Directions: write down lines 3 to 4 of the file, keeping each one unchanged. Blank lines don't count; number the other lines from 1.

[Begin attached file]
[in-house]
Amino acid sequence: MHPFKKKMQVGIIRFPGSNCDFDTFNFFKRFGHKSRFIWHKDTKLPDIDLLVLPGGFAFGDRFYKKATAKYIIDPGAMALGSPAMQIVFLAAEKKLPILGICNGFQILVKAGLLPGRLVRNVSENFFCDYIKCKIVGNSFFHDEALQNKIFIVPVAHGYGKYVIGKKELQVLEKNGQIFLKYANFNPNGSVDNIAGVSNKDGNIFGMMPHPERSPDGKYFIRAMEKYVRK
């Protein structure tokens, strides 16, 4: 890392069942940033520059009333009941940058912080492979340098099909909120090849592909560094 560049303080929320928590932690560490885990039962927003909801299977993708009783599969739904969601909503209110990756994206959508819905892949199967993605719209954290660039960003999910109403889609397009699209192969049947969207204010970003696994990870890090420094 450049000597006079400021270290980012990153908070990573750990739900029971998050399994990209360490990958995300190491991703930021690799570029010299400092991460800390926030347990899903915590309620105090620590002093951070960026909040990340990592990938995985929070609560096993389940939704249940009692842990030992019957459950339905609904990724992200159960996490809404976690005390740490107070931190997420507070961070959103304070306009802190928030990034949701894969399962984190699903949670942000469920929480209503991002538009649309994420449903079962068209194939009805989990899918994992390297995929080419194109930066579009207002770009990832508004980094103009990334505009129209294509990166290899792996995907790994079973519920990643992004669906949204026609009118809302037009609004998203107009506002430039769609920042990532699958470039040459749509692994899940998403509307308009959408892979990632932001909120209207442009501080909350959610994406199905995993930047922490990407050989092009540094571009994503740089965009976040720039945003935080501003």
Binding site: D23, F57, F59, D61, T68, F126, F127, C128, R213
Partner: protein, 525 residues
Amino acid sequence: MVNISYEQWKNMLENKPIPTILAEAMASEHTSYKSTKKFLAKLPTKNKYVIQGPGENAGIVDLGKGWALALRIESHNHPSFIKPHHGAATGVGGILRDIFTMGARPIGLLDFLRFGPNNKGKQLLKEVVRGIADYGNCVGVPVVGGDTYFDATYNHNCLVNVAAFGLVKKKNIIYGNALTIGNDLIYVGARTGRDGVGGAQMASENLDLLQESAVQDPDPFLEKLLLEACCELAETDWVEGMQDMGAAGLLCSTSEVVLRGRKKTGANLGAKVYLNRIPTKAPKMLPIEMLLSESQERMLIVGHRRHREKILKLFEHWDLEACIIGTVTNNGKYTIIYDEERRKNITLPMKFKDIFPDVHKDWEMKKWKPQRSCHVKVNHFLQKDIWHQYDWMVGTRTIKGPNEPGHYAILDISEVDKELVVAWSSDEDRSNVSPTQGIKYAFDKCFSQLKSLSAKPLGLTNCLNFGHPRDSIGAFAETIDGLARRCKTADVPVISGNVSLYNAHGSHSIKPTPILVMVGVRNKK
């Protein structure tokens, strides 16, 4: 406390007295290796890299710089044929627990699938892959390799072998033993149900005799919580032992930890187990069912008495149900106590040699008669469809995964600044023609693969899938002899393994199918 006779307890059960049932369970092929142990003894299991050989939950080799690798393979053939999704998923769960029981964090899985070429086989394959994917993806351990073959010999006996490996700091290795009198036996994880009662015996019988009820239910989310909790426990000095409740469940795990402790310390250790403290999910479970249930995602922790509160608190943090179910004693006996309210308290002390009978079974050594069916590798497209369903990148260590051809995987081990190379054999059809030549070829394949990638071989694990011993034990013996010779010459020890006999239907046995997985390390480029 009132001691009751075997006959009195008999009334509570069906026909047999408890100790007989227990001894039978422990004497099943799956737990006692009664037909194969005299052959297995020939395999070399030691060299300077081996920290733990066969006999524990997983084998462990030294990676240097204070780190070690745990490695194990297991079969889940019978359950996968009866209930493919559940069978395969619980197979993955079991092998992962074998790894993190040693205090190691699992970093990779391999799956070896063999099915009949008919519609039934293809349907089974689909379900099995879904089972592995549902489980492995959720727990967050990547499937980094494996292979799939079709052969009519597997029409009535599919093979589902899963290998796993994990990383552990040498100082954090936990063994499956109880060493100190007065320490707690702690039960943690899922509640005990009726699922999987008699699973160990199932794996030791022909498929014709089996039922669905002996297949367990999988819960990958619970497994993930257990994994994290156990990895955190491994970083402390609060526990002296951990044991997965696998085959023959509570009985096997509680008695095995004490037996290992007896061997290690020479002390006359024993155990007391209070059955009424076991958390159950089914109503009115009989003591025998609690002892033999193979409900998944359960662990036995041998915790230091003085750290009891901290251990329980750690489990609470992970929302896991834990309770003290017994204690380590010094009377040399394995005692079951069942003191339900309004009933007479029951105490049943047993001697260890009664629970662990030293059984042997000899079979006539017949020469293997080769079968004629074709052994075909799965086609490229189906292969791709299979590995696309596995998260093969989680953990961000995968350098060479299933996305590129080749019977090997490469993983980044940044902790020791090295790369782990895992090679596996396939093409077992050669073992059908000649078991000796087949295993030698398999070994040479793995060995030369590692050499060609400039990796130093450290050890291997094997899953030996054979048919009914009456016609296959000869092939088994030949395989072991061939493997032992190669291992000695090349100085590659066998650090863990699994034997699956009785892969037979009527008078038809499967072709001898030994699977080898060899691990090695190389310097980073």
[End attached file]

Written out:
């Protein structure tokens, strides 16, 4: 890392069942940033520059009333009941940058912080492979340098099909909120090849592909560094 560049303080929320928590932690560490885990039962927003909801299977993708009783599969739904969601909503209110990756994206959508819905892949199967993605719209954290660039960003999910109403889609397009699209192969049947969207204010970003696994990870890090420094 450049000597006079400021270290980012990153908070990573750990739900029971998050399994990209360490990958995300190491991703930021690799570029010299400092991460800390926030347990899903915590309620105090620590002093951070960026909040990340990592990938995985929070609560096993389940939704249940009692842990030992019957459950339905609904990724992200159960996490809404976690005390740490107070931190997420507070961070959103304070306009802190928030990034949701894969399962984190699903949670942000469920929480209503991002538009649309994420449903079962068209194939009805989990899918994992390297995929080419194109930066579009207002770009990832508004980094103009990334505009129209294509990166290899792996995907790994079973519920990643992004669906949204026609009118809302037009609004998203107009506002430039769609920042990532699958470039040459749509692994899940998403509307308009959408892979990632932001909120209207442009501080909350959610994406199905995993930047922490990407050989092009540094571009994503740089965009976040720039945003935080501003």
Binding site: D23, F57, F59, D61, T68, F126, F127, C128, R213